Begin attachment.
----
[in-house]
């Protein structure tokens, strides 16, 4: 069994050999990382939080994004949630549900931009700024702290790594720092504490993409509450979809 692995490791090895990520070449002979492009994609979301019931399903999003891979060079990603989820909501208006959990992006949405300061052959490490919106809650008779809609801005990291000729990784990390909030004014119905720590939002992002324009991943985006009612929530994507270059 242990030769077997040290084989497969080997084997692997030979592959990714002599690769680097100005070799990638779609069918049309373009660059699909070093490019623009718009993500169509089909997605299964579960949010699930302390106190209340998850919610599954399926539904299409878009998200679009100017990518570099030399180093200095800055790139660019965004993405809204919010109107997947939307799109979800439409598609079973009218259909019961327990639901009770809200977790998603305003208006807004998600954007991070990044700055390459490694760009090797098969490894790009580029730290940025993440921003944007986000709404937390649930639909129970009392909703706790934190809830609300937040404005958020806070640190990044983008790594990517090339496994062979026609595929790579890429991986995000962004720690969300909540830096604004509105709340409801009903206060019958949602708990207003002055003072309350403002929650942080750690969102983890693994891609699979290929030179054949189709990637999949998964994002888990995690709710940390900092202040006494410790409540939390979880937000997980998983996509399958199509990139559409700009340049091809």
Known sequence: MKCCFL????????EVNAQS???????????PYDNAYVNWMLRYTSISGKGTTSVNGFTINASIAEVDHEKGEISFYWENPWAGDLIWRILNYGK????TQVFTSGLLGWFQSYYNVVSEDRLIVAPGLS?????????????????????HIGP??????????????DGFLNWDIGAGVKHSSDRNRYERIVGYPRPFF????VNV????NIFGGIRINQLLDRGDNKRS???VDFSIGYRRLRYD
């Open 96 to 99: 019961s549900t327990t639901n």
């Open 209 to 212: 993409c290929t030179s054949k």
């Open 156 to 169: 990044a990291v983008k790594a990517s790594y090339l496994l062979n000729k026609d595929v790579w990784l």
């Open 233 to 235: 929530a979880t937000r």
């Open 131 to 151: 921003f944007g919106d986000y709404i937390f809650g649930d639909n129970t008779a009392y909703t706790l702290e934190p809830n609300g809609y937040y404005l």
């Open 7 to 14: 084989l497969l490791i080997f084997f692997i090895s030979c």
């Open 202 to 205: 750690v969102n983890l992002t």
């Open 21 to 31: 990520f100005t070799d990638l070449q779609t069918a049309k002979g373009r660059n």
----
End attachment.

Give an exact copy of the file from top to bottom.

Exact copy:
[in-house]
């Protein structure tokens, strides 16, 4: 069994050999990382939080994004949630549900931009700024702290790594720092504490993409509450979809 692995490791090895990520070449002979492009994609979301019931399903999003891979060079990603989820909501208006959990992006949405300061052959490490919106809650008779809609801005990291000729990784990390909030004014119905720590939002992002324009991943985006009612929530994507270059 242990030769077997040290084989497969080997084997692997030979592959990714002599690769680097100005070799990638779609069918049309373009660059699909070093490019623009718009993500169509089909997605299964579960949010699930302390106190209340998850919610599954399926539904299409878009998200679009100017990518570099030399180093200095800055790139660019965004993405809204919010109107997947939307799109979800439409598609079973009218259909019961327990639901009770809200977790998603305003208006807004998600954007991070990044700055390459490694760009090797098969490894790009580029730290940025993440921003944007986000709404937390649930639909129970009392909703706790934190809830609300937040404005958020806070640190990044983008790594990517090339496994062979026609595929790579890429991986995000962004720690969300909540830096604004509105709340409801009903206060019958949602708990207003002055003072309350403002929650942080750690969102983890693994891609699979290929030179054949189709990637999949998964994002888990995690709710940390900092202040006494410790409540939390979880937000997980998983996509399958199509990139559409700009340049091809």
Known sequence: MKCCFL????????EVNAQS???????????PYDNAYVNWMLRYTSISGKGTTSVNGFTINASIAEVDHEKGEISFYWENPWAGDLIWRILNYGK????TQVFTSGLLGWFQSYYNVVSEDRLIVAPGLS?????????????????????HIGP??????????????DGFLNWDIGAGVKHSSDRNRYERIVGYPRPFF????VNV????NIFGGIRINQLLDRGDNKRS???VDFSIGYRRLRYD
């Open 96 to 99: 019961s549900t327990t639901n």
């Open 209 to 212: 993409c290929t030179s054949k």
């Open 156 to 169: 990044a990291v983008k790594a990517s790594y090339l496994l062979n000729k026609d595929v790579w990784l």
């Open 233 to 235: 929530a979880t937000r």
């Open 131 to 151: 921003f944007g919106d986000y709404i937390f809650g649930d639909n129970t008779a009392y909703t706790l702290e934190p809830n609300g809609y937040y404005l």
């Open 7 to 14: 084989l497969l490791i080997f084997f692997i090895s030979c």
């Open 202 to 205: 750690v969102n983890l992002t």
């Open 21 to 31: 990520f100005t070799d990638l070449q779609t069918a049309k002979g373009r660059n």